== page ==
The canopy is to protect the passengers from the Australian sunshine. If the boat didn't have to travel on a trailer the canopy could simply stay in place on four legs. However, the boat is on a trailer and so the canopy has to be removable, collapsible or something for traveling down the road. My solution is an oval shaped canopy, same as the cockpit coaming, that can be lowered to form a "lid" over the cockpit for road travel. This will "cover the load" for legal trailer travel and keep the rain, leaves and dust out.
Note that the canopy has now become the lid! To work as a lid it has to be slightly larger than the cockpit coaming. Large enough to accommodate some sort of folding or hinged legs to support it in the up position. For aesthetic reasons it has to follow the sheer line of the hull. So, now it is oval and curved when viewed from the side.
I decided to laminate the rim of the lid from 3 layers of 5mm bendy ply; same as the cockpit coaming. Rather than making a mould to laminate around I used the boat by making a lot of formers that would clamp onto the cockpit coaming. This is what the formers looked like:
The notch fits over the edge of the coaming and the screw clamps the former in place. The L shaped piece at the bottom hooks around the bottom of the coaming to provide more support .
Here they are in place. I found that they didn't automatically stand vertically and needed individual fine tuning. This was done by inserting small packing pieces between the former and the coaming, tedious but it worked.
To hold the formers in place I wrapped a layer of 4mm MDF around them, and screwed it to the formers. This whole structure was surprisingly rigid.
Here the first layer of bendy ply is being fitted. The circumference of the lid is about 8 metres, the bendy ply is 2.4 metres so there are scarf joints where necessary.
Photo of the 2nd (and 3rd) layers of bendy ply going on. This was a very messy business and used a lot of epoxy! The combination of clamps and straps held the laminations together quite well.
After a trip around with the scraper and belt sander to remove the epoxy runs I marked the lines of the top and bottom edges of the lid following the curve of the deck. Now you can see why the laminations needed to be 250mm wide to give me a 100mm wide rim.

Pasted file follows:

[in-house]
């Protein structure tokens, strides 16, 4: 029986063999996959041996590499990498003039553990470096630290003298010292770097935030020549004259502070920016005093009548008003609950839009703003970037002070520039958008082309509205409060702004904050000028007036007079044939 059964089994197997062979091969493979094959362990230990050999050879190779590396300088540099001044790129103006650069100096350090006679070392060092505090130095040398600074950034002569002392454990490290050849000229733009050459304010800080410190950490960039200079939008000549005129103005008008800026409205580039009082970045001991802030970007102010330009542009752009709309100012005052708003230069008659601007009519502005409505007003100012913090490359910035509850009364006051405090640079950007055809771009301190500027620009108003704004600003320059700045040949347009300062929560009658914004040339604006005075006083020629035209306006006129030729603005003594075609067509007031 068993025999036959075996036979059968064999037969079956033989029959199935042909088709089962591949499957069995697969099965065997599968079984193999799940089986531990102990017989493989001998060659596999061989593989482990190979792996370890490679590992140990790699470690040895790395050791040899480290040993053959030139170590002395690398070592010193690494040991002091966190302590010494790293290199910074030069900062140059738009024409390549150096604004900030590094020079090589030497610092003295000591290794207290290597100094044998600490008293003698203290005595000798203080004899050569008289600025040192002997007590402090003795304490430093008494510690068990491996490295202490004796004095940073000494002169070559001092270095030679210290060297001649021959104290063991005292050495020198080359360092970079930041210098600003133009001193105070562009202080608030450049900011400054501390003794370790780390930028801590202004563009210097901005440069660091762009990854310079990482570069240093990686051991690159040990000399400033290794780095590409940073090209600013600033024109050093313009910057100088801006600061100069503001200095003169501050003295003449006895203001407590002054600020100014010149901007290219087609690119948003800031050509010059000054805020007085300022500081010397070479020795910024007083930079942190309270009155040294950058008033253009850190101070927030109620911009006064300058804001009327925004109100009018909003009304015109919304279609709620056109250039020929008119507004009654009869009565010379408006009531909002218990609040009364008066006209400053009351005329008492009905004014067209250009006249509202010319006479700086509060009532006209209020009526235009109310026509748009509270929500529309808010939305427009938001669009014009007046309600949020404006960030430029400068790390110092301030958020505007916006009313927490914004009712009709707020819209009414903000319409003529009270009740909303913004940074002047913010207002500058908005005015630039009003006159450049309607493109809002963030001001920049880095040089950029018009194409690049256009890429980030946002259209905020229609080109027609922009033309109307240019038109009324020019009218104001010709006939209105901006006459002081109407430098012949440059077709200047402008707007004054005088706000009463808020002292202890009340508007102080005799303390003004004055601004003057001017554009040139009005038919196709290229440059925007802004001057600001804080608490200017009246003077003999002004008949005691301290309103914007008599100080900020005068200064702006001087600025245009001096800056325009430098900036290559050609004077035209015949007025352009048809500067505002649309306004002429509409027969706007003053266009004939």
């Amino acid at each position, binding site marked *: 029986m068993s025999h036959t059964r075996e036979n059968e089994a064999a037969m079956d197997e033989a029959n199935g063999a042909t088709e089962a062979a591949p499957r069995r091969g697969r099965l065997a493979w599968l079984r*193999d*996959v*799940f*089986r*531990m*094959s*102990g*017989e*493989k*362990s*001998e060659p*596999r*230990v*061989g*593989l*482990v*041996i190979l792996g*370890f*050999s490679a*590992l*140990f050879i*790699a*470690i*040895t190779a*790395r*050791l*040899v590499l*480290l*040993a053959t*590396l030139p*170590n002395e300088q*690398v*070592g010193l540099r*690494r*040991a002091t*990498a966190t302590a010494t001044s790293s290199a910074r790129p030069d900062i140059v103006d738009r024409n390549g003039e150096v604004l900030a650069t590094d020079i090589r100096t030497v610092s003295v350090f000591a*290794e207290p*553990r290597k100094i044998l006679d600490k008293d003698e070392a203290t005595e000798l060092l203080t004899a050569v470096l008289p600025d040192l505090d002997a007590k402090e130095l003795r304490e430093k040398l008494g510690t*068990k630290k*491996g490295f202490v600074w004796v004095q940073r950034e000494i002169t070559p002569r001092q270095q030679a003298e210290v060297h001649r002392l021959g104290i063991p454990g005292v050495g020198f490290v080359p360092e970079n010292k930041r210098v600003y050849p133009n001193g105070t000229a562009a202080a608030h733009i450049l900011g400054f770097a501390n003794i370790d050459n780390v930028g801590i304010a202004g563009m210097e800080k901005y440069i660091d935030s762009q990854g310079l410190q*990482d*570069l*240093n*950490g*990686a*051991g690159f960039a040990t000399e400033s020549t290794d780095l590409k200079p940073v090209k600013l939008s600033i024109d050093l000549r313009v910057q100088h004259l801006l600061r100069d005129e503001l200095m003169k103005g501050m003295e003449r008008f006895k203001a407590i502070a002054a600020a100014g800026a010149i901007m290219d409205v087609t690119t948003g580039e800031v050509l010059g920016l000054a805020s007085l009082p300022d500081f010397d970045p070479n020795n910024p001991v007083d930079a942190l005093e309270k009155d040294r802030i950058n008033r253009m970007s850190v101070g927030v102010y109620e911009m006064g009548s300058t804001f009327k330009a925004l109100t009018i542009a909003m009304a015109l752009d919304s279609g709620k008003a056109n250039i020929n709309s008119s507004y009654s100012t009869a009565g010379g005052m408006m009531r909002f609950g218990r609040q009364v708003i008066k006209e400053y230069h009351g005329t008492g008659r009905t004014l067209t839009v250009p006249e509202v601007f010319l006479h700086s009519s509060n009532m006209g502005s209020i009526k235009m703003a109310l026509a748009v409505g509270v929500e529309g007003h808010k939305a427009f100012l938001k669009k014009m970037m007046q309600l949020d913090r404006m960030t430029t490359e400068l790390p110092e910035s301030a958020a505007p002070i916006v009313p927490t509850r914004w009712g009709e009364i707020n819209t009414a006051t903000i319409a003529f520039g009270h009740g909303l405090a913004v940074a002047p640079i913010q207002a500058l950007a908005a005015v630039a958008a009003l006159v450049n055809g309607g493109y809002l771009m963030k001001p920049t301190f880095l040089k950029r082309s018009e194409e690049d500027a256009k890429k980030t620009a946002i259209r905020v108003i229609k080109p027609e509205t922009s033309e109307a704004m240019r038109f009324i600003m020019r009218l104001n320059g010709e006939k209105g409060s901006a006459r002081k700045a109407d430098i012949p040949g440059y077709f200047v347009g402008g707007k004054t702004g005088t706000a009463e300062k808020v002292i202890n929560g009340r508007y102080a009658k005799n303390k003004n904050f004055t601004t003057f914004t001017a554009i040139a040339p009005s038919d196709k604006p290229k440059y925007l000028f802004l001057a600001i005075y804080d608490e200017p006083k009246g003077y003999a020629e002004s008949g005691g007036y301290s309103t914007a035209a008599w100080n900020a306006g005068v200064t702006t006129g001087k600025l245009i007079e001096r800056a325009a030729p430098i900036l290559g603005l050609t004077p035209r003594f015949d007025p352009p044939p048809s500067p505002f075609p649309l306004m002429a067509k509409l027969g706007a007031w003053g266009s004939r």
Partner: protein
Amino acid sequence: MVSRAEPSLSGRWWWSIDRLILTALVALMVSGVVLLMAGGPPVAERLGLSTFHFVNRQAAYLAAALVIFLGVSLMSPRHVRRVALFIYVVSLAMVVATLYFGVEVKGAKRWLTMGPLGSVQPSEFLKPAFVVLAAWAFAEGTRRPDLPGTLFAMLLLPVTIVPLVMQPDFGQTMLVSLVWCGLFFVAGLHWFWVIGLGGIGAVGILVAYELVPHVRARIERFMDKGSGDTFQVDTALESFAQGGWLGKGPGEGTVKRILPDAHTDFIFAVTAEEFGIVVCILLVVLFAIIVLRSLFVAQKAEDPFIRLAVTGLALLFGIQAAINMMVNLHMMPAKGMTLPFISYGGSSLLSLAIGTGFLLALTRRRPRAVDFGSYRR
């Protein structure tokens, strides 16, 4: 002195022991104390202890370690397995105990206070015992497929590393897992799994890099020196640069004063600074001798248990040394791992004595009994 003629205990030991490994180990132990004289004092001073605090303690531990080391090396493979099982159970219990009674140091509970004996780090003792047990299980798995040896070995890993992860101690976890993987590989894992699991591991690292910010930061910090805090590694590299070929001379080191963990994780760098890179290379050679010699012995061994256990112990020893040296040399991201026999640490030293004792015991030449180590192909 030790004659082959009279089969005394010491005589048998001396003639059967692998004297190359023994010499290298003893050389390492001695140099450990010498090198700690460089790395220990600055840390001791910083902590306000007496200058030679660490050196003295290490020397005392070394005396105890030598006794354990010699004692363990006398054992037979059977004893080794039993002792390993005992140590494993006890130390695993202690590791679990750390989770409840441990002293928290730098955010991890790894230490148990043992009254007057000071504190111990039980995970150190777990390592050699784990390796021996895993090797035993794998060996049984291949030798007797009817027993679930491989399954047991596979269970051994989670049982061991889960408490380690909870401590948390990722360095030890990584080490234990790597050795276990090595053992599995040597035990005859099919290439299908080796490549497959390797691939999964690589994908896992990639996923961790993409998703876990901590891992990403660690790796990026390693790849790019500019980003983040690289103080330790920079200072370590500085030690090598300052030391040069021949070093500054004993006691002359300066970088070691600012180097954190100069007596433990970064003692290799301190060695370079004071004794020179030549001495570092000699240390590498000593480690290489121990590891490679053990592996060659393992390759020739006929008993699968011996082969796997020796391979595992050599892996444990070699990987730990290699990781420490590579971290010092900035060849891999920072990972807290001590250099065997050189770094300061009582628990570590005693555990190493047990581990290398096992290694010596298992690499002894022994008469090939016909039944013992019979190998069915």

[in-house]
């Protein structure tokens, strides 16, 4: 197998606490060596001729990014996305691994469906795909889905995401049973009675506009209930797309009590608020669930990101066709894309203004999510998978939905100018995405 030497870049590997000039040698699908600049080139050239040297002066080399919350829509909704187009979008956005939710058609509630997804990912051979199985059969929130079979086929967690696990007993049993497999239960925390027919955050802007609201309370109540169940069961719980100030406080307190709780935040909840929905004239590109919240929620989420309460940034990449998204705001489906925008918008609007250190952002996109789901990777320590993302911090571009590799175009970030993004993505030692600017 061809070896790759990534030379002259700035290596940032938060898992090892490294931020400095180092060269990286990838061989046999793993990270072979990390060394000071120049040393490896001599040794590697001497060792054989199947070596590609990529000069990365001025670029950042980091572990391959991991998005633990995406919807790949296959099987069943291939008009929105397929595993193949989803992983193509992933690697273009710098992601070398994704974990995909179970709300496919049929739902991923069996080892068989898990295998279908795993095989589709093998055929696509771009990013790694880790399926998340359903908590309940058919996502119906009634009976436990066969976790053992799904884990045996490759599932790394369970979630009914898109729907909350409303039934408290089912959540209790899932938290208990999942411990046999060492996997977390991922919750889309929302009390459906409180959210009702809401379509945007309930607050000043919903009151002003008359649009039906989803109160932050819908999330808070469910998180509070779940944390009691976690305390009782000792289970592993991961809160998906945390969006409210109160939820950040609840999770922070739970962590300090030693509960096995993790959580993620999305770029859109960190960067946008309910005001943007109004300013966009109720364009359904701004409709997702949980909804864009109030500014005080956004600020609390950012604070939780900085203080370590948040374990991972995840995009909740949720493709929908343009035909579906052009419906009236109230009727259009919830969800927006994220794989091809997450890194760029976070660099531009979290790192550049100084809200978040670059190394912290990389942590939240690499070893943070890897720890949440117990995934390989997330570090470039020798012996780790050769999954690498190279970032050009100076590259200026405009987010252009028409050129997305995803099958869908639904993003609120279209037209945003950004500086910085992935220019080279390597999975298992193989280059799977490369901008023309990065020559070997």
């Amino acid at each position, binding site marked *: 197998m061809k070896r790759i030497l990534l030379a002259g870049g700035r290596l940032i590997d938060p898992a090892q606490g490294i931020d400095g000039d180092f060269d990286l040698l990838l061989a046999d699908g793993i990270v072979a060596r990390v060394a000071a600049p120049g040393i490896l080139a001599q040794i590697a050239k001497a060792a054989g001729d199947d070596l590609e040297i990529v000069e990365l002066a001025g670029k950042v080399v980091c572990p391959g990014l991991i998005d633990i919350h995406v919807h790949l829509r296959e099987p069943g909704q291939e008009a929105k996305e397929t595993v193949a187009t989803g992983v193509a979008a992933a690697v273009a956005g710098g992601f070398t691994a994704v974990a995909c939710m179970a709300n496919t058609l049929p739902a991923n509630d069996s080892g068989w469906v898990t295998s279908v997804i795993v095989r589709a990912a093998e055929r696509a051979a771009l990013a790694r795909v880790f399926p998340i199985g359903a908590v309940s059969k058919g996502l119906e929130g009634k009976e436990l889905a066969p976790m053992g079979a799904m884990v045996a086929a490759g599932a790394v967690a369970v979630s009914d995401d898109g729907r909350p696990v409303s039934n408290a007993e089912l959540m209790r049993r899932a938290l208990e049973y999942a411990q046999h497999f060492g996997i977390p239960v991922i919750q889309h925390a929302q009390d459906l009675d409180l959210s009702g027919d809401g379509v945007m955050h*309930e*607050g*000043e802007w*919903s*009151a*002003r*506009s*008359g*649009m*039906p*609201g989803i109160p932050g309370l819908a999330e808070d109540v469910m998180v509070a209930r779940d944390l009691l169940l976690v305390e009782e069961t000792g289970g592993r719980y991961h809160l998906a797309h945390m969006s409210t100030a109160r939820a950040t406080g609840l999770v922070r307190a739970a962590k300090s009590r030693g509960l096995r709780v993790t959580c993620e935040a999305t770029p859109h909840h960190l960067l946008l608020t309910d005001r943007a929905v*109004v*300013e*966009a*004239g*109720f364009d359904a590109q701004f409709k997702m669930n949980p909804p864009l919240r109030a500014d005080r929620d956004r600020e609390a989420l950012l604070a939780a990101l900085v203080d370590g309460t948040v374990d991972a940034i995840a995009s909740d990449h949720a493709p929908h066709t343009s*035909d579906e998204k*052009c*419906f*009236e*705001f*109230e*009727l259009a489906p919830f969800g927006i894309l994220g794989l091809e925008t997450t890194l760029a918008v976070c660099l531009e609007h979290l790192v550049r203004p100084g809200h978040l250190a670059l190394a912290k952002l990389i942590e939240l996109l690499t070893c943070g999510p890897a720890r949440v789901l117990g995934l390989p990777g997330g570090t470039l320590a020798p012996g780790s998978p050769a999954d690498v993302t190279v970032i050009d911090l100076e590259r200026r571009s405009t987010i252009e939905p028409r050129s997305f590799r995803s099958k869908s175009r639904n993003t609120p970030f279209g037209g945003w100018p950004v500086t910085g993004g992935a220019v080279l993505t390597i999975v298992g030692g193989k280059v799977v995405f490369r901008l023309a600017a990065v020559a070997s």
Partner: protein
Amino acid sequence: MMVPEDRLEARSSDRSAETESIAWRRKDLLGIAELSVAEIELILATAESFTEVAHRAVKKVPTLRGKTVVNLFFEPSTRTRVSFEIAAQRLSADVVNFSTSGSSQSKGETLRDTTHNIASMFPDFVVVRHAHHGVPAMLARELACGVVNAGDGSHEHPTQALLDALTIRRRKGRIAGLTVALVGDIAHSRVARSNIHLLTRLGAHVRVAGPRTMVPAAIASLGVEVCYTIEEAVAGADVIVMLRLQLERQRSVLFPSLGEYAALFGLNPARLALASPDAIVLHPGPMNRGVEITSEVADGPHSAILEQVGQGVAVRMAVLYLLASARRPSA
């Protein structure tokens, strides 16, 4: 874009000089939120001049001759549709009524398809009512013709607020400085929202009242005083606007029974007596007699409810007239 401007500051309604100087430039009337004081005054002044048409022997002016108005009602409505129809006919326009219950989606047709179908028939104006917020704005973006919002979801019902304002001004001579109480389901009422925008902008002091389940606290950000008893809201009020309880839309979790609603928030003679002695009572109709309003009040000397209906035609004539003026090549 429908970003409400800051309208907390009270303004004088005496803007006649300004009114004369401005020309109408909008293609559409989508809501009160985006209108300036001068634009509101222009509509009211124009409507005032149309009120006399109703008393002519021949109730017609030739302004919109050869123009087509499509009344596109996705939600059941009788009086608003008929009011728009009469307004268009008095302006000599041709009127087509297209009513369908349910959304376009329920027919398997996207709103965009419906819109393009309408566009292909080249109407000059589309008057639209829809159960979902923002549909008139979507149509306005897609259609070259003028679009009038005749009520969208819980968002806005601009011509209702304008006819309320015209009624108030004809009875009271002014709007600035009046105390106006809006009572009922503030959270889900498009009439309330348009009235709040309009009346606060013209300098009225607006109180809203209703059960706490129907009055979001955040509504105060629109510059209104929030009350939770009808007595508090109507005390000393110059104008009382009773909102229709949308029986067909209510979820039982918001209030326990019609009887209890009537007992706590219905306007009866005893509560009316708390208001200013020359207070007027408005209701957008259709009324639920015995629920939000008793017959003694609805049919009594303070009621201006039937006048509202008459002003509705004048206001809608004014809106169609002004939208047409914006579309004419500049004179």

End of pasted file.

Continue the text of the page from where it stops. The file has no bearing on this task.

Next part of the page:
I cut along the top edge using a small hand held circular saw (about 70mm diameter blade which follows a shallow curve like this easily) and added some temporary bracing to keep the lid in shape. I don't think this bracing was necessary as the off cuts of laminated bendy ply were stiff enough to hold their shape.
Here the lid is lifted off the boat ready to be turned over and have the lower edge trimmed off.
With the lower edge trimmed the temporary supports were transferred from the top to the bottom and some permanent bracing added to the top edge. Glue blocks at the ends of all the bracing and halved joints along the centre. I put fillets of epoxy bog around all the joints .
Here is the result, about 3 metres long and 1.5 wide. I have thought a lot about what to cover the lid with, canvas or solid material? I've settled on 3mm ply because it won't sag and puddle when it is rained on and it will provide a better support for the solar panels I will eventually add to the boat.
Here's a prototype leg. Hinged at the top so it can swing fore and aft and also from side to side. At the bottom is a rigid fixing on the deck.
Unfortunately the round bases would not fit in the available space. I could have machined enough off the inside of the base but the result would have been ugly. Eventually I obtained some rectangular bases that solve this problem.
Where do the legs go when the lid is down? Here is one solution but the trick here is - how to clip the legs in the hinged up position when the lid is down? Difficult to get access under the lid to do this and the "clipping" needs to be firm enough to hold the legs so they don't come loose and bounce around inside the boat. Still working on this.
Here is the lid sitting on the boat.
And here it is raised up on some temporary legs as I work out how high is should be. This seems about right but 6 foot people will have to bend a little or wear hard hats.
At the moment I am waiting for the stainless steel to arrive from the supplier. It has been more than two weeks now - I think it is "unobtainium" not simple stainless!
There is a further impediment to progress on the lid and the launch generally: I have decided to build myself a sliding seat rowing skiff. I have been doing a lot of rowing in my Acorn 15 since late last year because I enjoy it and because it keeps me fit and builds up some to the strength I lost while "resting and taking it easy" for health reasons. You can read about my choice of skiff in the new blog.